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ACTIONS.

THOSE

who have fearched into human nature obferve, that nothing more fhews the nobleness of the foul, than that its felicity confifts in action. Every man has fuch an active principle in him, that he will find out fomething to employ himfelf upon, in whatever ftate of life he is pofted. I have heard of a gentleman who was under clofe confinement in the Bofille feven years; during which time he amufed himfelf in fcattering pins about his chamber, gathering them up again, and placing them in different figures in the arm of a great chair. He often told his friends afterwards, that unlefs he had found out this piece of exercife, he verily believed that he should have Loft his fenfes.SPECTATOR, Vol. II. No. 116. T.

We fhould caft all our actions under the divifion of fuch as are in themselves good, bad, or indifferent; and to direct them in fuch a manner, that every thing we do, may turn to account at that great day when every thing we have done will be fet before us.

A good intention joined to a good action, gives it its proper force and efficacy; joined to an evil action, extenutes its malignity, and in fome cafes may take it wholly away; and joined to an indifferent action, turns it to a virtue, and makes it meritorious, as far as human actions can be fo..

In the next place, to confider in the fame manner the influence of an evil intention upon our actions. An evil intention perverts the beft of actions, and makes them in reality what the fathers have termed the virtues of the heathen world, fo many shining fins. It deftroys the innocence of an indifferent action; and gives an evil action all poffible blackness and horror; or, in the emphatical language of Holy Writ, makes fin exceeding finful.

It is then of unspeakable advantage to poffefs our minds with an habitual good intention, and to aim all our thoughts, words, and actions at fome laudable end, whether it be the glory of our Maker, the good of mankind, or the benefit of our own fouls.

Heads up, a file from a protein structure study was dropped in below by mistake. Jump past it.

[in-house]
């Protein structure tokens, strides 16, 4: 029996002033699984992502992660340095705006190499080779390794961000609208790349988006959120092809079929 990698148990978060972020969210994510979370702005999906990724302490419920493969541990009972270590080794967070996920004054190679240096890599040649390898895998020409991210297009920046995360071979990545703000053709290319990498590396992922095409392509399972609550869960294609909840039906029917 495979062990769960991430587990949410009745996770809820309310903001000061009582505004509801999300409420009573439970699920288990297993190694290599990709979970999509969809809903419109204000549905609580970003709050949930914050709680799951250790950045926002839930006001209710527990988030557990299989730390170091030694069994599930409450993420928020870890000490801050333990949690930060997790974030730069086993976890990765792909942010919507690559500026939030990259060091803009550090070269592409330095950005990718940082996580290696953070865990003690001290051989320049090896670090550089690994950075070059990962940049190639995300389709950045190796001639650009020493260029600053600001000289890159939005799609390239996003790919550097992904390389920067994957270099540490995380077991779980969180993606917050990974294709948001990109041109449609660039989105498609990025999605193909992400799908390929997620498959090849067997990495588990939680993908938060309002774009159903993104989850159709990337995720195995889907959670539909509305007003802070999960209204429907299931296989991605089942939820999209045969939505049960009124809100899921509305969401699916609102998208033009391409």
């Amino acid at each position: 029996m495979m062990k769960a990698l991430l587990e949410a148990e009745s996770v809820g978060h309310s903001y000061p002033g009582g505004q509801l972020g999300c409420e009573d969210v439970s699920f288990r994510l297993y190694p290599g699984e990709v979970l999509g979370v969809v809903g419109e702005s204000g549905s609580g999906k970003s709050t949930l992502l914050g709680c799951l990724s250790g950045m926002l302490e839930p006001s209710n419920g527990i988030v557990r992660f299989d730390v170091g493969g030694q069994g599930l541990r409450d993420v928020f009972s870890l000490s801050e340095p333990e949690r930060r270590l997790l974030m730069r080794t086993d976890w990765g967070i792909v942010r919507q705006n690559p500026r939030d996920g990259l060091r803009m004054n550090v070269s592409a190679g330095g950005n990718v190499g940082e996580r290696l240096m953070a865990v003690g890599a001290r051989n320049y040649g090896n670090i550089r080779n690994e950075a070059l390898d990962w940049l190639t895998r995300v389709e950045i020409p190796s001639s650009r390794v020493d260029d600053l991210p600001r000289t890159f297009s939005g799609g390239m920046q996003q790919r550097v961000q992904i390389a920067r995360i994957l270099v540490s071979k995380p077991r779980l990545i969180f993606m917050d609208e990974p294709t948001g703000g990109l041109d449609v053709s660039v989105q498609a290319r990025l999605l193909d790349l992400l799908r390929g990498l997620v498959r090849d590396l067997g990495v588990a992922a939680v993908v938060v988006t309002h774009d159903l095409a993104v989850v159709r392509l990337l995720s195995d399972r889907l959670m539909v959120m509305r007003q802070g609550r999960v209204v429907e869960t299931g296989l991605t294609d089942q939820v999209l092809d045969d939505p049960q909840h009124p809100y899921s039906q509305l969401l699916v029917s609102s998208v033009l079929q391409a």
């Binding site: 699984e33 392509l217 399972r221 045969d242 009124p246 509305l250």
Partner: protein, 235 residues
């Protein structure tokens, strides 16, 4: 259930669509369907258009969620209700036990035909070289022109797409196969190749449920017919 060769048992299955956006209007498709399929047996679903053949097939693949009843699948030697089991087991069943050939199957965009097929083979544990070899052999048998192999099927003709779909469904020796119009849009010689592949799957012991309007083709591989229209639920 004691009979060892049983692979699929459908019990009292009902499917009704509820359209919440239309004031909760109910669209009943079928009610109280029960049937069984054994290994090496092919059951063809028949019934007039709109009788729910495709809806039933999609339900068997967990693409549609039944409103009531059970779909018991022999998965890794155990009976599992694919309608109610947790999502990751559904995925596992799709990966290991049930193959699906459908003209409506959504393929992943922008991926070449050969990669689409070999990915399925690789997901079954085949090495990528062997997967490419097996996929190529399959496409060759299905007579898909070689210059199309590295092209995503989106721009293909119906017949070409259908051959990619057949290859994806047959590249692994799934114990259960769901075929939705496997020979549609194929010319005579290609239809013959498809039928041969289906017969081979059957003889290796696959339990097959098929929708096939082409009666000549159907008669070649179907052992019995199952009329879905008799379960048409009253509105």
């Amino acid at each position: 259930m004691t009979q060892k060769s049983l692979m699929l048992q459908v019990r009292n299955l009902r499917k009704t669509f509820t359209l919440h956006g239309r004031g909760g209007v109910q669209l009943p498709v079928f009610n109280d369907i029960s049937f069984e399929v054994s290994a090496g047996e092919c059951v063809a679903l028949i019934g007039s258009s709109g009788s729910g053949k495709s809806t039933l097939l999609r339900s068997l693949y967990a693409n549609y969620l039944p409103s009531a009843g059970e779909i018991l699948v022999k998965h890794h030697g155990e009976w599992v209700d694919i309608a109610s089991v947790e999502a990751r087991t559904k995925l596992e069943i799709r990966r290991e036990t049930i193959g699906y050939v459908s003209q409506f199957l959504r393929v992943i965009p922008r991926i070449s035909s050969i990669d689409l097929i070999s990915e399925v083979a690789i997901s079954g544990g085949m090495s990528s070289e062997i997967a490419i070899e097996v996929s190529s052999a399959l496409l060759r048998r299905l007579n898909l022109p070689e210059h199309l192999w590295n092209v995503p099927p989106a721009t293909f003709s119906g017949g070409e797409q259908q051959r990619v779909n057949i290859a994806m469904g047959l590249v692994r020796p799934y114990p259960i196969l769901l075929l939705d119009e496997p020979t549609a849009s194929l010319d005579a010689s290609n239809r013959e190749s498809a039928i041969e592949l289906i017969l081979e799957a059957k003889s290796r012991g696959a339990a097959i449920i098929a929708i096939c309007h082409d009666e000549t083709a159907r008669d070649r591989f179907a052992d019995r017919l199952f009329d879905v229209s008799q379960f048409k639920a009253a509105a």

This is a fort of thrift or good husbandry in moral life, which does not throw away any fingle action, but makes every one go as far as it can; it multiplies the means of falvation, increases the number of our virtues, and diminishes that of our vices.

It is this excellent frame of mind, this holy officioufnefs, which is recommended to us by the Apostle in. that uncommon precept, wherein he directs us to propofe to ourselves the glory of our Creator in all our moft indifferent actions, whether we eat, or drink, or whatfoever we do..

A perfon therefore who is poffeffed with fuch an habitual good intention, as that which I have been here fpeaking of, enters upon no fingle circumftance of life without confidering it as well pleafing to the great Author of his Being, conformable to the dictates of reason, suitable to human nature in general, or to that particular station in which Providence has placed him. He lives in a perpetual fenfe of the divine prefence, regards himself as acting in the whole course of his existence under the observation and infpection of that Being who is privy to all his motions and all his thoughts, who knows his down-fitting and his uprising, who is about his path, and about his bed, and Spieth out all his ways. In a word, he remembereth that the eye of his Judge is always upon him; and in every action he reflects, that he is doing what is commanded or allowed by him who will hereafter ieward or punish it: this was the character of those holy men of old, who in that beautiful phrafe in fcripture are faid to have walked with God.

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There is an excellent fpeech of Socrates: This great philofopher, on the day of his execution, a little before the draught of poifon was brought to him, entertaining his friends with a difcourfe on the immortality of the foul, has thefe words:-Whether o God will approve of my actions, I know not; but this I am fure of, that I have at all times made it my endeavour. 10 pleafe him, and I have a good hope that this my endeavour will be accepted by him. We find in these words of that great man, the habitual good intenion which I would

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here inculcate, and with which that divine philofopher always acted. I fhall only add, that Erafmus, who was an unbigoted Roman-Catholic, was fo much tranfported with this paffage of Socrates, that he could fcarce forbear looking upon him as a Saint, and defiring him to pray for him, or as that learned and ingenious writer has expreffed himself in a much more lively manner: When I reflect on fuch a speech pronounced by fuch a perfon, I can hardly forbear crying out, Sancte Socrates, ora pro nobis: O ́holy Socrates, pray for us.

SPECTATOR, Vol. III. No. 213. L..

ADVICE.

THERE